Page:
My new toy these days is Cross Stitch, which I’ve found to be as addictive as Angry Birds except instead of ending up with RSI you end up with RSI and a thing!
In these stitchin’ and bitchin’ days I find it odd how difficult it is to find a cross-stitched thing I’d actually want though. Possibly there is a community of cross stitchin’ punks out there, and please leave a comment if you know of any.
To date I’ve found these, which are great but for the fact that they don’t give you the right amount of thread in the kits – I’ve way too much green, nowhere near enough grey and they didn’t put in any thread for the sky. Also in retrospect it might have been a tad ambitious to take this on as my first ever project given that the image isn’t printed on the fabric – you have to count each coloured stitch. Each stitch is about 1 millimetre across. So when I say they’re great…
Anyway. A bit about Battersea Power Station, now half-owned by the Irish people, via NAMA the National Assets Management Agency.
I lived in London briefly in the ‘90’s and would see the power station most days on my way into work. I was very fond of it. I vaguely remeber seeing the Pink Floyd album Animals at home, my sister was a fan, but I think I responded more to the aesthetic of Sir Giles Gilbert Scott’s great brick cathedral, described as “A Temple of Power”.
Funnily enough, Sir Giles Gilbert Scott also designed the iconic K2 red telephone box. To paraphrase Oscar Wilde, To design one London landmark may be regarded as luck, to design two looks like talent.
Work started on Battersea Power Station in 1929, with Sir Giles Gilbert Scott brought in a little later to assuage public worries that the station, which occupies a 15 acre (61,000m sq) site, would be an eyesore. In fact it has had an enduring popularity.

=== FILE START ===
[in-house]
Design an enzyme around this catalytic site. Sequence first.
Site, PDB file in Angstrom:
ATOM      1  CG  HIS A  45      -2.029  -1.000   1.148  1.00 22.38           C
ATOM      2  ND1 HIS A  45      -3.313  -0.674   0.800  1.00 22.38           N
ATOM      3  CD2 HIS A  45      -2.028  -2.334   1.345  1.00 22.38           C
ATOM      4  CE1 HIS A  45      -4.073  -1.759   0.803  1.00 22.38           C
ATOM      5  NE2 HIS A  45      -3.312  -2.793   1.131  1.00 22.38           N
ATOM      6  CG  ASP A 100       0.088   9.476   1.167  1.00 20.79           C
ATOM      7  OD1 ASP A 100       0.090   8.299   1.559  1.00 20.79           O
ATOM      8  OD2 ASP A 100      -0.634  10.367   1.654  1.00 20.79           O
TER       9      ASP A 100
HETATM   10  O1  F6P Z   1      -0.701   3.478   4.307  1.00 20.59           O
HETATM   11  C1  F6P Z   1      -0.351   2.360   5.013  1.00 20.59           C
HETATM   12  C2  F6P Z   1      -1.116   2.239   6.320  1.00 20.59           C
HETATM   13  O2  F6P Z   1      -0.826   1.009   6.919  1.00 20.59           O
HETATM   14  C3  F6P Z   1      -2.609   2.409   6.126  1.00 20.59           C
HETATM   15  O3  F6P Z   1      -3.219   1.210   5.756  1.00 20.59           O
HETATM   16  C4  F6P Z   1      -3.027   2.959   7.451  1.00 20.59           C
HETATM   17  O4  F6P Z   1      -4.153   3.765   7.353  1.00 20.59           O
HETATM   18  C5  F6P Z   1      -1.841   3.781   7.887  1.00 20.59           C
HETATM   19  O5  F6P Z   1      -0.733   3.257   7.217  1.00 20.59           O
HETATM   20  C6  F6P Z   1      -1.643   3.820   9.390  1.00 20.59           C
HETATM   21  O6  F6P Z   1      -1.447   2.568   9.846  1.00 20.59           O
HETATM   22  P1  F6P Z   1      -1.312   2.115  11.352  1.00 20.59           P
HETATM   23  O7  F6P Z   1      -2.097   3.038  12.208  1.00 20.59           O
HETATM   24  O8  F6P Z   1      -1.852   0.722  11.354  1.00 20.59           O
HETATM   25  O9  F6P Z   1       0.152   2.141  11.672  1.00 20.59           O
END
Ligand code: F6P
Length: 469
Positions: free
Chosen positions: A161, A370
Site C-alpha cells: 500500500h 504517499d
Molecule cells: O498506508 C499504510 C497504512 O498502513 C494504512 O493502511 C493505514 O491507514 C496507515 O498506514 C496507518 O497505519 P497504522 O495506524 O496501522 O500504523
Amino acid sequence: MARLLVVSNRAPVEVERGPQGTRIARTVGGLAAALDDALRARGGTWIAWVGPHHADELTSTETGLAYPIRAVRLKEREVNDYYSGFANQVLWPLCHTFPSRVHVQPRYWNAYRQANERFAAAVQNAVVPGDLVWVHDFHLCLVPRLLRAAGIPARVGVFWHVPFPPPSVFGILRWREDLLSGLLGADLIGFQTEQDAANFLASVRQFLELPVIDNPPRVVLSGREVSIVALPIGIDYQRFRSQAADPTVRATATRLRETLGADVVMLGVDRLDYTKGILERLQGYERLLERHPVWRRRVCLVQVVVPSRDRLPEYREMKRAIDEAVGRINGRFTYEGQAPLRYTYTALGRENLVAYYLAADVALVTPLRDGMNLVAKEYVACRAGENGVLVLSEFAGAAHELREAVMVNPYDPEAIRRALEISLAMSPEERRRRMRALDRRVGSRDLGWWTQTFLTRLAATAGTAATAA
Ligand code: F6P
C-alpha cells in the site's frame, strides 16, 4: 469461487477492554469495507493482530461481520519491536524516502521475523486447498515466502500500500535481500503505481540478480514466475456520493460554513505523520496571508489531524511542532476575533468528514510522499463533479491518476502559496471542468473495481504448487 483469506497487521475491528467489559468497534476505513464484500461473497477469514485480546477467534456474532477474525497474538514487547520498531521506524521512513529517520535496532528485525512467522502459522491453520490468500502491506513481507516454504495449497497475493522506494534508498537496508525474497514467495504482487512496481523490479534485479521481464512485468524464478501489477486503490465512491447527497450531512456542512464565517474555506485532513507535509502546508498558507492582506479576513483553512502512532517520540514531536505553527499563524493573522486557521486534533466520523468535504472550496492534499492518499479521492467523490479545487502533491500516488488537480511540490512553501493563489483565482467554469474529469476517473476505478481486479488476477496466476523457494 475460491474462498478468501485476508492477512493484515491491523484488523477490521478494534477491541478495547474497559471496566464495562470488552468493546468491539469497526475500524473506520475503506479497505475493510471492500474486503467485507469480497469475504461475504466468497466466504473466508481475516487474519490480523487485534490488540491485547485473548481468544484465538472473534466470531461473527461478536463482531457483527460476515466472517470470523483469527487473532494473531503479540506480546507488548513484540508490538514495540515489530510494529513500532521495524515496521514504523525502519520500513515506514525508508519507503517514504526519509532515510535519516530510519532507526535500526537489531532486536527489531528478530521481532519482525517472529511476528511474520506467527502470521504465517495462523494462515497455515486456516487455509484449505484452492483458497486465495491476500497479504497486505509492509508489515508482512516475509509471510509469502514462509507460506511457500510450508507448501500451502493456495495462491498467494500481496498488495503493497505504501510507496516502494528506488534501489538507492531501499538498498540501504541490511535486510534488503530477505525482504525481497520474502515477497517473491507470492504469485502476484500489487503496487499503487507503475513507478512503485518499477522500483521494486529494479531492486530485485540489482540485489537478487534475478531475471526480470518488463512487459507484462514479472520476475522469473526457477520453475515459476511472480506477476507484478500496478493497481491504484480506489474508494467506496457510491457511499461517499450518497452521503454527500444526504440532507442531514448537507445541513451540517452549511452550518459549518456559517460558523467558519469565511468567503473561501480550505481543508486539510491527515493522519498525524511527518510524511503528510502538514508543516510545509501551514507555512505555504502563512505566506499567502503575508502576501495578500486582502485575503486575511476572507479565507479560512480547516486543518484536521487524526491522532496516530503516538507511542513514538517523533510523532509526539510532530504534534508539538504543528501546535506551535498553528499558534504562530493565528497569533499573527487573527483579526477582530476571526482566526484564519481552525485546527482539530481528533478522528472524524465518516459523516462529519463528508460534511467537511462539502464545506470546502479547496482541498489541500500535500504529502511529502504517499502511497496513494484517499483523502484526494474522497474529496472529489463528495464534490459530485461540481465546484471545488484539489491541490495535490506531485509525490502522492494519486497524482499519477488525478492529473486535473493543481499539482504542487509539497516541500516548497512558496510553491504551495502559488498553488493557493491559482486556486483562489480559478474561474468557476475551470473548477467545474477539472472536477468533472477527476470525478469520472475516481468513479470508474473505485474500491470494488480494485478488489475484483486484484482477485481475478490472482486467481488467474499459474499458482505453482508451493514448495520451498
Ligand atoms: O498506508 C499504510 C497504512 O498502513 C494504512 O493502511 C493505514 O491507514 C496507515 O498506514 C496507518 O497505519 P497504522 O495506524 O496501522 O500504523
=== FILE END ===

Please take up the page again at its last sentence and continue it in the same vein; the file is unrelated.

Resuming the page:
In 1975 the A station was closed, following falling ouput and rising costs. (There are two connected stations; B was built shortly after the second world war)
Michael Heseltine declared it a heritage site in 1980 with a Grade 11 listing which denotes buildings that are of ‘special interest, warranting every effort to preserve them’.
In 2007 the listing was upgraded to Grade 11* a listing given to ‘particularly important buildings of more than special interest’.
As my cross stitching took shape (and it’s been a looong time coming) it started to remind me of Charles Sheeler. Sheeler was an American photographer and painter whose methods and subject matter hymned the Machine Age. His best known photographic work is his River Rouge Ford plant series.
He achieved an equivalent photographic quality in his paintings and even his abstracts had a sort of machine-like precision.Charles Sheeler, “On a Shaker Theme #2” (1956) From Hyper Allergic Labs Tumblr site
His subject matter should not be seen as one-dimensional however. Yes he depicted an urban and exurban world of work, often empty of people, but it is “Work” rather than ”Industry” that is glorified by Sheeler. In addition to his factories and foundries he painted and photographed Amish barns; between 1926 and 1934 he produced a series of interiors that depict his home in South Salem, New York filled with Shaker furniture and simple ceramics.
Here are some images of Sheeler’s to remind us all of a time when “The makers of things” as Barack Obama had it, and the places in which they worked were accorded a dignity forgotten for a while, but hopefully experiencing a renaissance.Classic Landscape, Oil on Canvas, 1931 Side of White Barn, Bucks County, Gelatin Silver Print, 1915 American Interior, Oil on Canvas, 1934
Click here to see the work I do for my soul and not for “The Man” (man).
Classic Landscape, White Barn and American Interior from Area of Design